Photo Credit:
Arthur Federman, a”h

There are some people you feel will go on forever. In truth, you’re just not ready to say goodbye to them. Arthur Federman was such a person for me. I loved him for more than 40 years. And for many of those years, I looked upon him as a second father.

I first met him met in Israel. We were looking for a good accountant and a friend in Moshav Chemed, where we were living, recommended Arthur Federman. So one fine motzaei Shabbos we drove to Ramat Hasharon and thus began the friendship of a lifetime.

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A brilliant accountant, he was not only extremely well versed in American tax law, he was also working for Mas Hachnasa (the Israeli equivalent of the IRS). What could be better than that for us?

Arthur and his beloved wife, Anita, were the classic couple. In fact, they were truly a match made in heaven. They met during World War II, when Arthur, a soldier in the United States army, was stationed for a time in Liverpool, Anita’s hometown in England.

At first we would come to discuss taxes, and when we were ready to leave there was Anita with a spread of her amazing home-baked goods for us to enjoy. It didn’t take long before we were coming just for social visits with this exceptional couple.

The Federmans moved to Ra’anana and then to Rechovot. No matter, we followed them wherever they went. In fact, we also moved from the Moshav – to Jerusalem. But no place was too far for us to go pay them a visit.

Arthur would travel to New York for three months during tax season. We had an idea. We maintained a house in Manhattan Beach, Brooklyn, and we fixed it up so that Arthur and Anita could have a separate little apartment in our home for their time in New York.

Years later, when both our families were again living in America, we would enjoy spending Shabbos together. And I also knew it was time to introduce the Federmans to my parents. It took just one conversation with Arthur for my father to hire him as comptroller of The Jewish Press, a position Arthur held until his retirement a few years ago.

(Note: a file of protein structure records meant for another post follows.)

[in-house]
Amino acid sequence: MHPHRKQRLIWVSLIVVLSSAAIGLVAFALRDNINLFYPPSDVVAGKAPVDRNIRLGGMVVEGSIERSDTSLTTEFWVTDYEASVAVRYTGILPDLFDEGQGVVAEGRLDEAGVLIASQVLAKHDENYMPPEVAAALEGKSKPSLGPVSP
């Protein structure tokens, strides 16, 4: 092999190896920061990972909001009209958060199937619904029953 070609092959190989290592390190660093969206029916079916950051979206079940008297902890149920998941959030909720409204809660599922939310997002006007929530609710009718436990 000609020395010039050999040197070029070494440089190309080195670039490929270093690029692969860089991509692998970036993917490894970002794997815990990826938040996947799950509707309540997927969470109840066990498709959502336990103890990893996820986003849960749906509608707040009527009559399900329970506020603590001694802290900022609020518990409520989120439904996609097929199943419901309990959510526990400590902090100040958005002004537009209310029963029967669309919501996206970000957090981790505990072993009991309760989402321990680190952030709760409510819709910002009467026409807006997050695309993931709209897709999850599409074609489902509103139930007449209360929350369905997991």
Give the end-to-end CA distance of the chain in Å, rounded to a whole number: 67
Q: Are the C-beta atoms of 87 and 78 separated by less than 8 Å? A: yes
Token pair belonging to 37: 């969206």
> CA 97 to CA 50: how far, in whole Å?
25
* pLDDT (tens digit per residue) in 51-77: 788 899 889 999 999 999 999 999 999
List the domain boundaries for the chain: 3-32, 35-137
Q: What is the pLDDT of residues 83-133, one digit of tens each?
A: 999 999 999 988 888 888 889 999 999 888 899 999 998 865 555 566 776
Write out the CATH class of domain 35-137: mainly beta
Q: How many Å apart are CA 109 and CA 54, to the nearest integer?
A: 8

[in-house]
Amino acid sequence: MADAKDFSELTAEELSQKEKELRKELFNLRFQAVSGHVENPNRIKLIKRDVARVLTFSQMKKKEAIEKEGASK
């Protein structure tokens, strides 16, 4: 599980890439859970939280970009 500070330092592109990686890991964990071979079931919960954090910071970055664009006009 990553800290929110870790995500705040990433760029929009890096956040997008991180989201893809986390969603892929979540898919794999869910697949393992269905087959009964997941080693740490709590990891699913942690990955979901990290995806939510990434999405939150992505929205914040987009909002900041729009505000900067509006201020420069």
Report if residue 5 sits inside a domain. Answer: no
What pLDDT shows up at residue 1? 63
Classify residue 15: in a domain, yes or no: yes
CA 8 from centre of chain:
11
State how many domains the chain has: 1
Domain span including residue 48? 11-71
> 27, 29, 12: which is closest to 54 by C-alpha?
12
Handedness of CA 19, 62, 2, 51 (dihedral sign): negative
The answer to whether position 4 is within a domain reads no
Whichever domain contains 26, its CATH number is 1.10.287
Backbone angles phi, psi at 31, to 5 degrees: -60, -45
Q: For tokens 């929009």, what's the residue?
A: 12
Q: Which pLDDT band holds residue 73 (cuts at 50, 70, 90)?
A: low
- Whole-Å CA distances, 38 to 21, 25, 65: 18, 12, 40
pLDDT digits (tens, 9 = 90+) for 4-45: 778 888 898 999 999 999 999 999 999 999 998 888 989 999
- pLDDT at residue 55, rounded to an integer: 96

From that point on Arthur was not only my dear friend but one of my father’s most trusted and valued friends as well.

The job at The Jewish Press took up most of Arthur’s time, and he and Anita were by then living in Cedarhurst. Arthur was close at hand at the paper, but I didn’t get to see Anita very often, so I would make it a point to drive out to Long Island whenever I could.

Both of them regaled me with stories of their war years. Anita drove an ambulance and sometimes a hearse for her father, an undertaker. And of course as a regular bubby she would always have stories about her grandchildren. Arthur and Anita were exceedingly proud of all of them. In fact, the license plate on Anita’s car read “Bubby’s seven.”

Anita would telephone me whenever she had a comment to make about something she read in The Jewish Press that either impressed or bothered her. As for Arthur, I consulted with him about so many things. Especially after my father died, I would ask him about many business and life issues. His guidance was invaluable. I always knew that in Arthur I had a welcoming ear and that whatever he advised was well thought out.

It is the end of an era with Arthur’s passing. My father died almost 17 years ago and my uncles Albie and Harry are also no longer with us – the old guard of The Jewish Press.

Go to your eternal reward, my dear friend. Arthur, I picture you sitting at my father’s table in heaven learning Torah with him.

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